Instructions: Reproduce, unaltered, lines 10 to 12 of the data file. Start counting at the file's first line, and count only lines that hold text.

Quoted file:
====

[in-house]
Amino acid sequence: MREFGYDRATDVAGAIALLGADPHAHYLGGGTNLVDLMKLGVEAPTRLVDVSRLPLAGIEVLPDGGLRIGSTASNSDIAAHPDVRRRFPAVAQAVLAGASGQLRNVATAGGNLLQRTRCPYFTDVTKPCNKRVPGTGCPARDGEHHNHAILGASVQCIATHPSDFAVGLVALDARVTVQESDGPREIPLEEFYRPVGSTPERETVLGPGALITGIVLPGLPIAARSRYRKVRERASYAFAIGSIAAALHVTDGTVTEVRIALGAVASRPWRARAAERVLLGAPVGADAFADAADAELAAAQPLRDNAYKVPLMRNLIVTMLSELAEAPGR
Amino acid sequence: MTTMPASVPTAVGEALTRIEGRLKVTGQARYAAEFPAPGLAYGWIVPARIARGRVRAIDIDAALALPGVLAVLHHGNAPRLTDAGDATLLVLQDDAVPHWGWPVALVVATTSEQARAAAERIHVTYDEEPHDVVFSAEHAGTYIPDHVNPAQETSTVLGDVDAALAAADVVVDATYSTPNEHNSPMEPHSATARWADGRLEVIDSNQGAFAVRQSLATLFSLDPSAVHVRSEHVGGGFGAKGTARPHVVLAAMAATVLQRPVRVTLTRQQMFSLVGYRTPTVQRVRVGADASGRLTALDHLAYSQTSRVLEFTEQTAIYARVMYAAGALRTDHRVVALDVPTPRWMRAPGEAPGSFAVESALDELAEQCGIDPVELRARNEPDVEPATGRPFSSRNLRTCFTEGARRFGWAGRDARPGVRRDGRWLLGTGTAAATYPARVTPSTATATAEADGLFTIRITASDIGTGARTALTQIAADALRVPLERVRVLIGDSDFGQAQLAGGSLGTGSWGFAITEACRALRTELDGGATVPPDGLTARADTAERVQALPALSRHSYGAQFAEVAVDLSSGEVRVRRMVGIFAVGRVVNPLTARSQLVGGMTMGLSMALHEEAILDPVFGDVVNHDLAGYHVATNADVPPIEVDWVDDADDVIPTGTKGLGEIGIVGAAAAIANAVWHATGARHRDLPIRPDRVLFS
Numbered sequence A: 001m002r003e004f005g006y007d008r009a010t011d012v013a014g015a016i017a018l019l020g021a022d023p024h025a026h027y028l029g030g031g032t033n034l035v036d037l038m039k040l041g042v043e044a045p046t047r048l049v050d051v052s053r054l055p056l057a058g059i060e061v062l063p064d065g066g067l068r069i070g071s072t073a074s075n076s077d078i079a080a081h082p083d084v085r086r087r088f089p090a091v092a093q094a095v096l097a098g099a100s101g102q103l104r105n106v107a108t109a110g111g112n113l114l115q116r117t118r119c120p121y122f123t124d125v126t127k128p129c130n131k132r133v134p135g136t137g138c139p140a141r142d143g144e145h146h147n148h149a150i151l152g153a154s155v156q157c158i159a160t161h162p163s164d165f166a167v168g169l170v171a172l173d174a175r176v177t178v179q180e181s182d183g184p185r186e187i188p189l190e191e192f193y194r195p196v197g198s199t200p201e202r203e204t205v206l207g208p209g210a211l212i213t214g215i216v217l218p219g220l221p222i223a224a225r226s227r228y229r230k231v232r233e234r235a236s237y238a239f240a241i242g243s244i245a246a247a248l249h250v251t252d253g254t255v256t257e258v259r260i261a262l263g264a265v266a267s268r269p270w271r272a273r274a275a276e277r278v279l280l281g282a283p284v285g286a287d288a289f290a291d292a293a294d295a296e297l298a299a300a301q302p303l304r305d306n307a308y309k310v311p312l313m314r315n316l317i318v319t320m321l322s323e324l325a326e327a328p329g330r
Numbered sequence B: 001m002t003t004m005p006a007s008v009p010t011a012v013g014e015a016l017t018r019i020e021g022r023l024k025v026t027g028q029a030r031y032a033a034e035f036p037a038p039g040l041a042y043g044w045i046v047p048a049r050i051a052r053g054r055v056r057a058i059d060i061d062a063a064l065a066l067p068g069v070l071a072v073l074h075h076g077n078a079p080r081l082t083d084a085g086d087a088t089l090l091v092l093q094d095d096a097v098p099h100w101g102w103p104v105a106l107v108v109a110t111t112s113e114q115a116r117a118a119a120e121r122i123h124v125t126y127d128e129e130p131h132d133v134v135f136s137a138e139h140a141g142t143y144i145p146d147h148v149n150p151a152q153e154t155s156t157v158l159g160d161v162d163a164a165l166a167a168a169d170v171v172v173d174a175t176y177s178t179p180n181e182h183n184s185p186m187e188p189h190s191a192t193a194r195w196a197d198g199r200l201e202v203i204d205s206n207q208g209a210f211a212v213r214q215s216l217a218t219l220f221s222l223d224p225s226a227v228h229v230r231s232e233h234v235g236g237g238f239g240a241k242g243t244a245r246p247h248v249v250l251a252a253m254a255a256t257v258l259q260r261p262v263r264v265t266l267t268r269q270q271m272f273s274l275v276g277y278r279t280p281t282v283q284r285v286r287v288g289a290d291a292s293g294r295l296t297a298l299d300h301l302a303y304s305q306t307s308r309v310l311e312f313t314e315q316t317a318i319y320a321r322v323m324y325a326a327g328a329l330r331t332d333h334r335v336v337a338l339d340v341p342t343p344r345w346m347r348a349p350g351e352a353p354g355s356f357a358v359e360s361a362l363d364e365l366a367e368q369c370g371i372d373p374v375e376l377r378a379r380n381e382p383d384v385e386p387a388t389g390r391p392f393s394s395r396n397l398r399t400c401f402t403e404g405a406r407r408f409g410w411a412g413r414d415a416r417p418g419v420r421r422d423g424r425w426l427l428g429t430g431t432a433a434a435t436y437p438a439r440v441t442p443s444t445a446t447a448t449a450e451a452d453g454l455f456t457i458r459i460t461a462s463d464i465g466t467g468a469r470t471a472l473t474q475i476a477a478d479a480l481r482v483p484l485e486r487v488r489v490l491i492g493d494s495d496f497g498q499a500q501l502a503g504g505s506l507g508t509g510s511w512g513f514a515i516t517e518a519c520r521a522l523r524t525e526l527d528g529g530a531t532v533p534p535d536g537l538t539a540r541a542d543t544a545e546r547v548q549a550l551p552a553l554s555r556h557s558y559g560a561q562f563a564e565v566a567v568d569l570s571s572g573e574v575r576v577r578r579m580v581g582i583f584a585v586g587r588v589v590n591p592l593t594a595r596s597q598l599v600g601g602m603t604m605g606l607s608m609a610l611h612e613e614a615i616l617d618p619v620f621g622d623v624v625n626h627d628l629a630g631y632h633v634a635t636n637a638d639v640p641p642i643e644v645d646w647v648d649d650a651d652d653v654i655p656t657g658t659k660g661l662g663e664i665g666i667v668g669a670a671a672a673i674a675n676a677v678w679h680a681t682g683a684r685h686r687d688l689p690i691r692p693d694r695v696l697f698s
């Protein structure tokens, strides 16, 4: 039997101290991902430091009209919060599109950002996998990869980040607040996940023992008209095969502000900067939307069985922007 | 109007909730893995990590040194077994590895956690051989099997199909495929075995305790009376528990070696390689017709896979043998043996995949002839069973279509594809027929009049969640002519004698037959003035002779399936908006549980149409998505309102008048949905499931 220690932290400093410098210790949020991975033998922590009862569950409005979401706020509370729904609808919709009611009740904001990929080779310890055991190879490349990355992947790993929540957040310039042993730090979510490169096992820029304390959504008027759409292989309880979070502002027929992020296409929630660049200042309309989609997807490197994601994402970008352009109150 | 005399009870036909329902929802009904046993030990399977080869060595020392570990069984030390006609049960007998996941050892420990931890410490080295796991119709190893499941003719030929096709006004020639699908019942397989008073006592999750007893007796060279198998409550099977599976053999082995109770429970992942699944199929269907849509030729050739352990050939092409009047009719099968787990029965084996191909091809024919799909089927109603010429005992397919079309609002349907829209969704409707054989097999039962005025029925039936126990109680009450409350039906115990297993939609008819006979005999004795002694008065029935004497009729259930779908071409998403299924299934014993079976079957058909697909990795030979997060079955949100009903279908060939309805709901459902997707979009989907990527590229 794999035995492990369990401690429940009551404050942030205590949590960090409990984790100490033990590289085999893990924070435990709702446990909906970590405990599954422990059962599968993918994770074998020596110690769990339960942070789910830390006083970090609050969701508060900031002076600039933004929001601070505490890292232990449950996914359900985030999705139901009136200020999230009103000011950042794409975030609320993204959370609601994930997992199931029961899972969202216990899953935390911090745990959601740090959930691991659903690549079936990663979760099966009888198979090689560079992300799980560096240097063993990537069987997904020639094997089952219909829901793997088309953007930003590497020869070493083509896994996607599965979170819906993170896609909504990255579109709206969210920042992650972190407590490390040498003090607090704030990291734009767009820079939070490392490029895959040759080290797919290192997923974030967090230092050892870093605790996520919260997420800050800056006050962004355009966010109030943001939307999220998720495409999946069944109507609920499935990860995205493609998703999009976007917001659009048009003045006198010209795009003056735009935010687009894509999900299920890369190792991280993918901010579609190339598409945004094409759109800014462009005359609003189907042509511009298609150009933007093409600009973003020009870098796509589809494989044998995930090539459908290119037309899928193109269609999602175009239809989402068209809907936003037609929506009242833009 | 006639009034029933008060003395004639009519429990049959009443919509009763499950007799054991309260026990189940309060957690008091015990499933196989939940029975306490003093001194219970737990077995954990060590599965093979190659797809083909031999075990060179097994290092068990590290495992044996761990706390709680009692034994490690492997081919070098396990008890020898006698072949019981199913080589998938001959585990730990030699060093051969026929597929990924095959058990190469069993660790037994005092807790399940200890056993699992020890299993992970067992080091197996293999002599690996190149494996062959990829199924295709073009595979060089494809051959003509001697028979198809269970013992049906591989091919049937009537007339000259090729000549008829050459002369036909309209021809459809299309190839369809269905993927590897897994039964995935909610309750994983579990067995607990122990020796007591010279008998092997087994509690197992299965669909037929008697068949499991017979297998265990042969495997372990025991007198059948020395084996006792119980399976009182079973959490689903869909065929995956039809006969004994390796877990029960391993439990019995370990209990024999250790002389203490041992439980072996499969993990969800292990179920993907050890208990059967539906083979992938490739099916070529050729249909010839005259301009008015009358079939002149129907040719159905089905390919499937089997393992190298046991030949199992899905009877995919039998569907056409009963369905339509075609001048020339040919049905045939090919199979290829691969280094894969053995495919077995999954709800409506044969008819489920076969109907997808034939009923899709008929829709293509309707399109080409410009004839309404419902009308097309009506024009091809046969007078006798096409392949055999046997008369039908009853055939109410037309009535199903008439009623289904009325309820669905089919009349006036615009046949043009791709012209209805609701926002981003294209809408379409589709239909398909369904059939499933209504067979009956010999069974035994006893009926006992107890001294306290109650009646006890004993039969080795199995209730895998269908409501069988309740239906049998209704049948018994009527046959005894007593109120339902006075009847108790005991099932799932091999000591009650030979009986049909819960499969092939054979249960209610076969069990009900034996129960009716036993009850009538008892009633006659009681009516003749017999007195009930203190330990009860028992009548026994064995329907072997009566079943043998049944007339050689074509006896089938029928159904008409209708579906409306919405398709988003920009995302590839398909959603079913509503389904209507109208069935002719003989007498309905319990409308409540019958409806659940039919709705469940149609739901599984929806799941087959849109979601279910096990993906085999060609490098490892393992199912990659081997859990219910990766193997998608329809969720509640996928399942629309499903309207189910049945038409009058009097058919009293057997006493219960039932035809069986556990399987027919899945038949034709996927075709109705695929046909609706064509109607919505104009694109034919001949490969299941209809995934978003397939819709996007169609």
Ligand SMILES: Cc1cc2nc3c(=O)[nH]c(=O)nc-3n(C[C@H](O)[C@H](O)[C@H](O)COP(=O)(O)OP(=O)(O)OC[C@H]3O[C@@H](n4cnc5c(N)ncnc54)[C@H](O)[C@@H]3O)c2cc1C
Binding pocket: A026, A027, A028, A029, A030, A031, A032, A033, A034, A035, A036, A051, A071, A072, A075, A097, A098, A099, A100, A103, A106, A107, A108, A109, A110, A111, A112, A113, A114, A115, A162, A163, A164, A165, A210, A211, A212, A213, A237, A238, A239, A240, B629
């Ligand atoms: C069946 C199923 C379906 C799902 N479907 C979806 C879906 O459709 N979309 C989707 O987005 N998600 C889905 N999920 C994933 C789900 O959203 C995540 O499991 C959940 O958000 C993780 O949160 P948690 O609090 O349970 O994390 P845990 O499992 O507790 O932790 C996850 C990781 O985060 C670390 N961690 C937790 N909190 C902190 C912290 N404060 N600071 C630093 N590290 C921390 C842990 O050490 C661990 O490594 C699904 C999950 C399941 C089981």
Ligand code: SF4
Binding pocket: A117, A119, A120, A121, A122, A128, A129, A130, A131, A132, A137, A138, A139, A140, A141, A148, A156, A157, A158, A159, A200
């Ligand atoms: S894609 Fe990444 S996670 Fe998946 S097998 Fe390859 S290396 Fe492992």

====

Ligand code: SF4
Binding pocket: A117, A119, A120, A121, A122, A128, A129, A130, A131, A132, A137, A138, A139, A140, A141, A148, A156, A157, A158, A159, A200
């Ligand atoms: S894609 Fe990444 S996670 Fe998946 S097998 Fe390859 S290396 Fe492992």